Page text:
While there has been an overall increase in allocation, this is most likely money that went unspent in last year’s defence budget. This is indicative of systemic inefficiencies in the capital acquisition process.
Over the past few months the major ask for defence in the 2017-18 budget has been for an increase in allocations. This year, finance minister Arun Jaitley has accommodated these requests and increased the overall allocation by 10% compared to last year (from Rs 2,48,005 crores in 2016-17 to Rs 2,74,114 crores in 2017-18). The obvious question is where this 10% increase is allocated within the budget heads under defence. However, before this, we must ask whether India’s defence allocation is adequate.
As a percentage of GDP, defence spending seems to have decreased in the last six years, particularly so since last year. This could be for two reasons. One, as the GDP base has increased, India’s defence spending has not risen concomitantly. Two, beginning last year, defence pensions have been categorised under a separate head, resulting in a whole percentage point decrease in the defence spend to GDP ratio.
Source: World Bank
This year’s budget had two announcements that could foreseeably impact defence acquisitions and production. The first is the increase in allocation. The second is the policy fillip given to the small and medium enterprise (SME) sector. This we know, indigenisation of defence manufacturing can occur on the back of a thriving defence SME sector. It is hoped that the budget announcements for the SME sector will help in building their capacity.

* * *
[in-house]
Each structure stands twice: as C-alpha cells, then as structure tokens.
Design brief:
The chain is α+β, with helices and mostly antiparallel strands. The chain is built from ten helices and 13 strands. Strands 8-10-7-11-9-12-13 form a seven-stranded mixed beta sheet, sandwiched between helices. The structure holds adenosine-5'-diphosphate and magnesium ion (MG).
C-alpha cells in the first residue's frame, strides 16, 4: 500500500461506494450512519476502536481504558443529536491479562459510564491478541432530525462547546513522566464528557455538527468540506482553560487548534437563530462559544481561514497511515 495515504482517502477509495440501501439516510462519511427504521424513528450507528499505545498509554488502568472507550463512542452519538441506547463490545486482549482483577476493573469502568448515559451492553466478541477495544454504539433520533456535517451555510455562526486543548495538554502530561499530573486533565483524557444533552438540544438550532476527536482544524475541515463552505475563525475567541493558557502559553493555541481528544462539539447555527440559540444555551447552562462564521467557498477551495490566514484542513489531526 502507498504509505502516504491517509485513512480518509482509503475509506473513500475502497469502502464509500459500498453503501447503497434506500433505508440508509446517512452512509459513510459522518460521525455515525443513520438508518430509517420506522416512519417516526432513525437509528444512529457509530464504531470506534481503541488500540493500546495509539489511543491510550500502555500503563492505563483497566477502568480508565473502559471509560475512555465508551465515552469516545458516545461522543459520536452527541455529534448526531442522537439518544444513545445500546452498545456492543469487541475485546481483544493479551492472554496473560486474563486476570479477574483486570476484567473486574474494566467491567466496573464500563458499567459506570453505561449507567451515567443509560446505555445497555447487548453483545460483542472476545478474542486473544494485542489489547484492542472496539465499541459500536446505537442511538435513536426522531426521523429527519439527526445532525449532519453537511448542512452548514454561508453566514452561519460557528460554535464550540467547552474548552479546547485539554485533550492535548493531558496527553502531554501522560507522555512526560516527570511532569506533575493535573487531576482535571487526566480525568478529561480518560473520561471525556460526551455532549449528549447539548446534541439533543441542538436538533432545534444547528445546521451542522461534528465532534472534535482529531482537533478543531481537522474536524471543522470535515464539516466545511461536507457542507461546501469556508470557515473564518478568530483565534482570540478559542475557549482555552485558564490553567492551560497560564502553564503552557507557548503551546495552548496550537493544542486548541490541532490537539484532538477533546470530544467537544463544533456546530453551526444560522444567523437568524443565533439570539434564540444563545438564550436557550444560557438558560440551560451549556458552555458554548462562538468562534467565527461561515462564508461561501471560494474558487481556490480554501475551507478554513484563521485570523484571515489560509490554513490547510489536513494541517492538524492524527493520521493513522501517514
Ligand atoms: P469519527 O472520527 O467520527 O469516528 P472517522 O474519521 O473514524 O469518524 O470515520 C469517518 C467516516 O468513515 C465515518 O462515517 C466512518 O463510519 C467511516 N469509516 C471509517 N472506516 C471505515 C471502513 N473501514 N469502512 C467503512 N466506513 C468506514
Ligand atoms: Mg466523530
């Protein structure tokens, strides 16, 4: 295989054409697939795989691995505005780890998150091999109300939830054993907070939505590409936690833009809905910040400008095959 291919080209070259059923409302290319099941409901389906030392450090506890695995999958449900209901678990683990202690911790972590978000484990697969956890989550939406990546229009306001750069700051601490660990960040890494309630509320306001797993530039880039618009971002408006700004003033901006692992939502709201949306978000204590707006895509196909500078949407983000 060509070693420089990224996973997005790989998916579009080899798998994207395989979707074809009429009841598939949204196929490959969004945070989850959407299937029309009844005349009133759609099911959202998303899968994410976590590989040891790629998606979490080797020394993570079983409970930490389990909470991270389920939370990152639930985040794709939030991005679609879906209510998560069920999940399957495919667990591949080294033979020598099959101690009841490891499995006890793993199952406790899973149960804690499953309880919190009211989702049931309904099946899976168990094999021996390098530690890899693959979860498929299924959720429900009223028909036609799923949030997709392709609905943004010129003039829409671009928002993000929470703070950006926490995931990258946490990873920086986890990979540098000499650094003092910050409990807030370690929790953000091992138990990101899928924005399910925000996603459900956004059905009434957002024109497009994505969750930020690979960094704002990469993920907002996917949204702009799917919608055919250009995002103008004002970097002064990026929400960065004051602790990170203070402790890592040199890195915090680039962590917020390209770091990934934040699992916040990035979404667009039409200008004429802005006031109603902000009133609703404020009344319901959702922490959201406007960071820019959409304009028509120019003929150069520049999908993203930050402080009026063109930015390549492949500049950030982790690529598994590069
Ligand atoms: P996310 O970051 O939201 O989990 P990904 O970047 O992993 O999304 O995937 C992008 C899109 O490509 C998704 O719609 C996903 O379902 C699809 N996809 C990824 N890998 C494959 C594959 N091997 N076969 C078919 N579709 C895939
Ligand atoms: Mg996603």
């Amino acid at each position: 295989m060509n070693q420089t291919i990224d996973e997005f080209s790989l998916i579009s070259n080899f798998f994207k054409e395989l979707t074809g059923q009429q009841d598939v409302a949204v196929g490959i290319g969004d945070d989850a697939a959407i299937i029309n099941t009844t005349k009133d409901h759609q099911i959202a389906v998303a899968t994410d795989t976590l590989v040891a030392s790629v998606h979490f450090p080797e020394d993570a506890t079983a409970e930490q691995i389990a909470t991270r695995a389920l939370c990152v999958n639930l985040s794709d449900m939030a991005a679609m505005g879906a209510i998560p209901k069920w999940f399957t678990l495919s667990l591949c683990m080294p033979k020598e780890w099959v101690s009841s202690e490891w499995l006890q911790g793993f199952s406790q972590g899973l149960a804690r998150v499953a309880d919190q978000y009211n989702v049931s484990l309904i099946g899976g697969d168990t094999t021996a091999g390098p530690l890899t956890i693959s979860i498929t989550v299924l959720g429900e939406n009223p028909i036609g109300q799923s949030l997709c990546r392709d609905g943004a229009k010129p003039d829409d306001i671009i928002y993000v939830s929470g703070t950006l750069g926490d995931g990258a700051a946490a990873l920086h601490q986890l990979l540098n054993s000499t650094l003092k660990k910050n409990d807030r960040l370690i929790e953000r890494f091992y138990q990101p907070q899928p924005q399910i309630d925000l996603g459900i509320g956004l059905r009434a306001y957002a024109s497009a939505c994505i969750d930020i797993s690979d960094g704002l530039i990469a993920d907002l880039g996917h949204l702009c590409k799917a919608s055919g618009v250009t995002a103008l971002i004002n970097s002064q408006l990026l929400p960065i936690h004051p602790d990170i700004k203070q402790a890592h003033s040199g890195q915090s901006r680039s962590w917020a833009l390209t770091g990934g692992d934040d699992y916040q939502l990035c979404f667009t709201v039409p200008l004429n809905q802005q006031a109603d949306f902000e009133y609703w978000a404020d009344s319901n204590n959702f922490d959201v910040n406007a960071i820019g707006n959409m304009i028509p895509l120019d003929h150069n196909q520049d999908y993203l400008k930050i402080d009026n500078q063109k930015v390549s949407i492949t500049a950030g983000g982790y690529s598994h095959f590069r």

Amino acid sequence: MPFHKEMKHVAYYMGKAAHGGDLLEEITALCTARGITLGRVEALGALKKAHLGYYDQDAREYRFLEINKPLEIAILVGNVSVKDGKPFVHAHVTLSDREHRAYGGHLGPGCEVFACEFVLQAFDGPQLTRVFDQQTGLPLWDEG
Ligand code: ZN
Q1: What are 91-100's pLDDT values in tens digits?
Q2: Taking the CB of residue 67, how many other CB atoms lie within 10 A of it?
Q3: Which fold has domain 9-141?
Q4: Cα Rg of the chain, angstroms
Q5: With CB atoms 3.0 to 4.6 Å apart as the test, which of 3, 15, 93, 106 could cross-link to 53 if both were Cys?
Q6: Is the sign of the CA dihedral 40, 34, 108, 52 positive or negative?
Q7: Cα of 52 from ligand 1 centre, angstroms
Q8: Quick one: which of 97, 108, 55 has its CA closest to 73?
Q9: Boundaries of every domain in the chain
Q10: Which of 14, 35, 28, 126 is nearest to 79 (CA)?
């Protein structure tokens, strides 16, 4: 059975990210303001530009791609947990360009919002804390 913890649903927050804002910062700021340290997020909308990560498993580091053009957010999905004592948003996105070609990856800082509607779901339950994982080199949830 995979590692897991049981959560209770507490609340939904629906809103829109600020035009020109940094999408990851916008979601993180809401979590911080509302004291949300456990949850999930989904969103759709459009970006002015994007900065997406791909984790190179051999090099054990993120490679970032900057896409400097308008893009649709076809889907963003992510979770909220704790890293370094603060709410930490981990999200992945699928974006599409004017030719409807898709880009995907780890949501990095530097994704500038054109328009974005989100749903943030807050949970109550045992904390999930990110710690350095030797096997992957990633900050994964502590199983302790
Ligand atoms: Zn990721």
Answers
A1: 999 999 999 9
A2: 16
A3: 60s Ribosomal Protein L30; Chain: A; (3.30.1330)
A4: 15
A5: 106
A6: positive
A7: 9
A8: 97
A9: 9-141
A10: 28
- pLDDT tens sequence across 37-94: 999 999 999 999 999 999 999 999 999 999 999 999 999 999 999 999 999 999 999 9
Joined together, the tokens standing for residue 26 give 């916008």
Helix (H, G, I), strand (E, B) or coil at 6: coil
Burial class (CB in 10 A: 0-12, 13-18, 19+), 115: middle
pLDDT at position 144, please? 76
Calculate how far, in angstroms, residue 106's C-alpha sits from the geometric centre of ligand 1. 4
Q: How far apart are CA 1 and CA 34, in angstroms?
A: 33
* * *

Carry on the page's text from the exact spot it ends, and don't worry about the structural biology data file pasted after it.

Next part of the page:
Bearing in mind the immediate priorities of combat readiness, capital acquisitions, technological upgradations and modernisation, India will certainly need to increase her defence spending. However, data suggests that additional allocations go towards filling a bottomless pit rather than bring about any significant value for the armed forces. Despite setting aside additional funds for capital acquisition year on year, there is little reason to believe that capital acquisition and indigenisation has actually benefited from increased allocations.
Previously, the ministry of defence (MoD) used to submit eight detailed Demands for Grants to the ministry of finance (MoF). These have now been reorganised into four succinct Demands for Grants of Capital Expenditure, Revenue Expenditure, MoD Miscellaneous and Defence Pensions. The 2017-18 defence allocation of Rs 2,74,114 crores is composed of Rs 86,488.01 crores (Capital Expenditure), Rs 1,72,773.89 crores (Revenue Expenditure) and Rs 14,852.22 crores (MoD Misc).
Budgeted estimate for capital expenditure in 2015-16 was Rs 94,588 crores which was revised downwards to Rs 81,400 crores, an underspend of 13.9%. In 2016-17, budgeted estimate for capital outlay for the Army, Navy and Air Force was Rs 78,586.68 crores. Not unlike the previous year, there was significant underspend by the armed forces in 2016-17 as well (refer Table 2).